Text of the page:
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Elise, D. (2002). Being Bad on the Side: Commentary on Paper by Eric Sherman. Psychoanal. Dial., 12(4):667-673.

(2002). Psychoanalytic Dialogues, 12(4):667-673

Being Bad on the Side: Commentary on Paper by Eric Sherman Related Papers

Dianne Elise, Ph.D.

Sherman underscores the tenacity of phobic avoidance of homoeroticism, especially between men. Homophobia and anxieties related to gender identity are prevalent. I agree with Sherman that the feeling of being psychically penetrated can represent a particular threat to men. Sherman's use of the image of opening Pandora's box reveals a fear of a vulnerable, “vaginal” opening in men. In defense, rigidly “professional” relationships may prevail. This clinical scenario often repeats an early developmental dynamic with the father; erotic desire between males has a deep genetic history of dissociation and denial. Psychoanalytic theorists have had difficulty approaching this topic of passions for the same sex.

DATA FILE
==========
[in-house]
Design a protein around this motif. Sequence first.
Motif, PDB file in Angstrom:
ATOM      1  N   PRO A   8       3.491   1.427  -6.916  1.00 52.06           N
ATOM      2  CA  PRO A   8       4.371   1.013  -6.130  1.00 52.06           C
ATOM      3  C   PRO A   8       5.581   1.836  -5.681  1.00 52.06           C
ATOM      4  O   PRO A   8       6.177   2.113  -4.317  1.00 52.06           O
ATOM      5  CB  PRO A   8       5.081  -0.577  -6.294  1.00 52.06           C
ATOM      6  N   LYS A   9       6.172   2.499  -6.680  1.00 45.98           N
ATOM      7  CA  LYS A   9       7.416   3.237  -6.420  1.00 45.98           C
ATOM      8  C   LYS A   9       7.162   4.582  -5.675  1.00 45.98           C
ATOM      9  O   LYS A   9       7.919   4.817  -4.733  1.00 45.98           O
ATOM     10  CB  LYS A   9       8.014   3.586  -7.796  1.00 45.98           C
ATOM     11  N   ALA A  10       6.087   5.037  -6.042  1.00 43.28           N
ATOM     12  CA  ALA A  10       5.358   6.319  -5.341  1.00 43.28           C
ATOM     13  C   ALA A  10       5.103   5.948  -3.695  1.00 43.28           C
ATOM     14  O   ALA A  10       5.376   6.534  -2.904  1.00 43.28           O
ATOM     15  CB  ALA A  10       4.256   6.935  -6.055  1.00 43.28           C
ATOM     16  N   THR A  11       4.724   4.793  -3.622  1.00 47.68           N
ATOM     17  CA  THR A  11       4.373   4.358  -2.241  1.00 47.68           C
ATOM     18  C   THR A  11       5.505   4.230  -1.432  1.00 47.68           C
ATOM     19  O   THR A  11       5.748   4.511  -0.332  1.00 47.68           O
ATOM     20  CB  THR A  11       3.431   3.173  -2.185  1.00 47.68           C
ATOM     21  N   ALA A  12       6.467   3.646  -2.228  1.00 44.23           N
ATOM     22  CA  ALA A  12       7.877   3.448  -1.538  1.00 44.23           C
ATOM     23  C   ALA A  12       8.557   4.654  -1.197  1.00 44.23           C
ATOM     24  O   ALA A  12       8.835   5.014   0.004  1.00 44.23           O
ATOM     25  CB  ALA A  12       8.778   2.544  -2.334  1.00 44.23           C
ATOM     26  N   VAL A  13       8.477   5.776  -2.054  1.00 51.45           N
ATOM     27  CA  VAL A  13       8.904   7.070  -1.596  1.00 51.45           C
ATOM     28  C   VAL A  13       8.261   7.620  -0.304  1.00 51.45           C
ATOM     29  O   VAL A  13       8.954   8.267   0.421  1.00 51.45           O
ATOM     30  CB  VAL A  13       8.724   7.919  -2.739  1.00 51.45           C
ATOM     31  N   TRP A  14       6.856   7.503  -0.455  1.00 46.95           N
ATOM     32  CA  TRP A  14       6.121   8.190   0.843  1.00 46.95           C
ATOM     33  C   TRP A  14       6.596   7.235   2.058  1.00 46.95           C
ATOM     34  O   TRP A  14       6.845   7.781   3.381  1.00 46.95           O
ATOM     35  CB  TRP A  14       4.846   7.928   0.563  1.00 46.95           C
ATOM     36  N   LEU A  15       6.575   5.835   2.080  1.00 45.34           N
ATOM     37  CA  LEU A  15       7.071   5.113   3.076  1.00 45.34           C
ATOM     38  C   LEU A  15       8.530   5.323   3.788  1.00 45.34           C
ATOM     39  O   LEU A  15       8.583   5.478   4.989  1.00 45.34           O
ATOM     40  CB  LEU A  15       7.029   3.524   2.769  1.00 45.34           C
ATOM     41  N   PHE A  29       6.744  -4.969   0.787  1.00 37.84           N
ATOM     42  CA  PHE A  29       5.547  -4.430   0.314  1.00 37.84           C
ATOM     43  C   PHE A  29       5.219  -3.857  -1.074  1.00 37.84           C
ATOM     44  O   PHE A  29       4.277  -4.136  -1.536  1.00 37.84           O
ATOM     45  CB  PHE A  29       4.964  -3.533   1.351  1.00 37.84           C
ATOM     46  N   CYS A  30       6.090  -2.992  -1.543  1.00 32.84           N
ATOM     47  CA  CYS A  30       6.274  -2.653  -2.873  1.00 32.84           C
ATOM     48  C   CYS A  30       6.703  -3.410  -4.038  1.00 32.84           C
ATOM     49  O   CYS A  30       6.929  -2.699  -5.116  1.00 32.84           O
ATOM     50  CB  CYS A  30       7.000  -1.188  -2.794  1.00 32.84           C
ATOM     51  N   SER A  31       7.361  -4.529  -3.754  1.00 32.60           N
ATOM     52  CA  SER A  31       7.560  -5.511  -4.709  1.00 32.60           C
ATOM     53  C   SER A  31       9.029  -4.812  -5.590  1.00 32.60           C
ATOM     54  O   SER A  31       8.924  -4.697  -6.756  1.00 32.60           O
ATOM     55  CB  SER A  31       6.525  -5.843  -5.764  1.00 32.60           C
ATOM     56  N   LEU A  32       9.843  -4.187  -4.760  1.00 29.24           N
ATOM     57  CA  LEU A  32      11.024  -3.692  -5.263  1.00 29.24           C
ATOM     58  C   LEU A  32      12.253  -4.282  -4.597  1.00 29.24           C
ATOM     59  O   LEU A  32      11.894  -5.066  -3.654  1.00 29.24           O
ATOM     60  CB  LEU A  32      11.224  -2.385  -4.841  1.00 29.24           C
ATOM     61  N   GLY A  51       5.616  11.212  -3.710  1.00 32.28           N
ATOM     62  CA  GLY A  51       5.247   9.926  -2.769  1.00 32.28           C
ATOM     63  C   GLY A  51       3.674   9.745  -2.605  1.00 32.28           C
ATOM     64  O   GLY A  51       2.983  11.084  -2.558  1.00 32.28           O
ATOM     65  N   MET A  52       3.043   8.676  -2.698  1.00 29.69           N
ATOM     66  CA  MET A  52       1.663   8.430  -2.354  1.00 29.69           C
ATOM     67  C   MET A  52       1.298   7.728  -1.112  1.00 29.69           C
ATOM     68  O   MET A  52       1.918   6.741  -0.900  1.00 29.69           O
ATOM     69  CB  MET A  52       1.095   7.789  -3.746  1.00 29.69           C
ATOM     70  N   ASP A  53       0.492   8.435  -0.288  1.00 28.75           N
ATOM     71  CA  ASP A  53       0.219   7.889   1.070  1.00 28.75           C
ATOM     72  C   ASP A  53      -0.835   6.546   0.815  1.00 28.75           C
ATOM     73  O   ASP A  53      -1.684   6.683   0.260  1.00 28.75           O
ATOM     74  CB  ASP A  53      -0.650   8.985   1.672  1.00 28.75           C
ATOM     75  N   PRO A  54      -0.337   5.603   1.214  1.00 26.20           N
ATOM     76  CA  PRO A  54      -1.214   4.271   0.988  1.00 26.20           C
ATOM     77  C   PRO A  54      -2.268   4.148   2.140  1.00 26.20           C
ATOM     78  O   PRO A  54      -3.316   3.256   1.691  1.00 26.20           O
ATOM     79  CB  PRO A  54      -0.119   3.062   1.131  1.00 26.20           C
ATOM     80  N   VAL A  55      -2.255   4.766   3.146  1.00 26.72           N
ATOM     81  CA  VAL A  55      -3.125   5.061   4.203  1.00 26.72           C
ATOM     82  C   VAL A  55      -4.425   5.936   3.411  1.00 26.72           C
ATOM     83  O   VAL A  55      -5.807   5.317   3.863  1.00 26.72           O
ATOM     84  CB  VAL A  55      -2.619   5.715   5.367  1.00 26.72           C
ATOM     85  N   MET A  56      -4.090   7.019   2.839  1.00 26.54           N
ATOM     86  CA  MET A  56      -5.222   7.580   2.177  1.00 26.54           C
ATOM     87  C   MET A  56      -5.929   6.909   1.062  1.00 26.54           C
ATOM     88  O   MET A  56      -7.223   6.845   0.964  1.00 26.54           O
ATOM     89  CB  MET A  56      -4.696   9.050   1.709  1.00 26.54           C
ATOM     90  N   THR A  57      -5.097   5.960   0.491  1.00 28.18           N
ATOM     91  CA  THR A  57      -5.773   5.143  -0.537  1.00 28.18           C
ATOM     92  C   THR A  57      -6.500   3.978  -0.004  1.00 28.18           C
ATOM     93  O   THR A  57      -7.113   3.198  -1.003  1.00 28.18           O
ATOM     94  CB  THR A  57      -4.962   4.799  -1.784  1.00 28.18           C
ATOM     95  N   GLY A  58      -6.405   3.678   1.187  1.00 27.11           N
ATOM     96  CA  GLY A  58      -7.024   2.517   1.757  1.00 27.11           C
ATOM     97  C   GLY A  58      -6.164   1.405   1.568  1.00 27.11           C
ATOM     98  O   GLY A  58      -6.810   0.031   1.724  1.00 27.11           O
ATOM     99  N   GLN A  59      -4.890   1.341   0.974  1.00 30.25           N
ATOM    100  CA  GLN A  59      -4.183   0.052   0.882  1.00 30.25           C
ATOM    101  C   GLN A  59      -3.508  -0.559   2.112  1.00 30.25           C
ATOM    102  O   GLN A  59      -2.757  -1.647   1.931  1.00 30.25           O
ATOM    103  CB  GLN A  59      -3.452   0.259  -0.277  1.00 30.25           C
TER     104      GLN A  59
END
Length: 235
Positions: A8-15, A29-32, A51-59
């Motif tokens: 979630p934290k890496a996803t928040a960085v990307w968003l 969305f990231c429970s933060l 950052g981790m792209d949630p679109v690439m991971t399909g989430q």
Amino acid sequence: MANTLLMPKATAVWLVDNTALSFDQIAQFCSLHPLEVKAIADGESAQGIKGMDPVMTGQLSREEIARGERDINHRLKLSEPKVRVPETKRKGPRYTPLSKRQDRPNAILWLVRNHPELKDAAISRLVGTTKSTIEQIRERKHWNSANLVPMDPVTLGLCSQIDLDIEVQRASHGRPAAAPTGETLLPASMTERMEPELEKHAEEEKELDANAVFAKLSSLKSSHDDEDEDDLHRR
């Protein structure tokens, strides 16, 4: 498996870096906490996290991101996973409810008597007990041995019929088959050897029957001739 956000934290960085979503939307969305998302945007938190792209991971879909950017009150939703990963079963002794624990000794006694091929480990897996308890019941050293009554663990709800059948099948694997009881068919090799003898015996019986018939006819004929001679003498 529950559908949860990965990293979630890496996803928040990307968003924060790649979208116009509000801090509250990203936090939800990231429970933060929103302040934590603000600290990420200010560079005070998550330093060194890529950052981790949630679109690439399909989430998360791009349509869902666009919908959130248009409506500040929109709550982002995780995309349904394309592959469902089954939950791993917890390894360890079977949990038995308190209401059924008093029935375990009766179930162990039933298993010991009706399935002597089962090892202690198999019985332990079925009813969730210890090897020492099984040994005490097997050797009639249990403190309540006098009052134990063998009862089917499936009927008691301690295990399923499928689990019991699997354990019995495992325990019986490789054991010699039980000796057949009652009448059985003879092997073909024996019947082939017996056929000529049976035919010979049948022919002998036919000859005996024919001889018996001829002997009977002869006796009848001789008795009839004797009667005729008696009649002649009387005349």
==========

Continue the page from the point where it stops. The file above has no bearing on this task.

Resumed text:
Thinking further about elements that might entrench this dread and avoidance, I focus on the image of “being bad on the side,” with its potential meaning with regard to the primal scene. Homoeroticism might unconsciously register as a form of “cheating” on the heterosexual, reproductive couple—not sanctioned, tabooed, “cursed,” and thus particularly tantalizing and frightening. Analytic understanding of male development allows for the recognition of an especially strong sense of both attraction and danger for the male pairing—a “Laius curse.”

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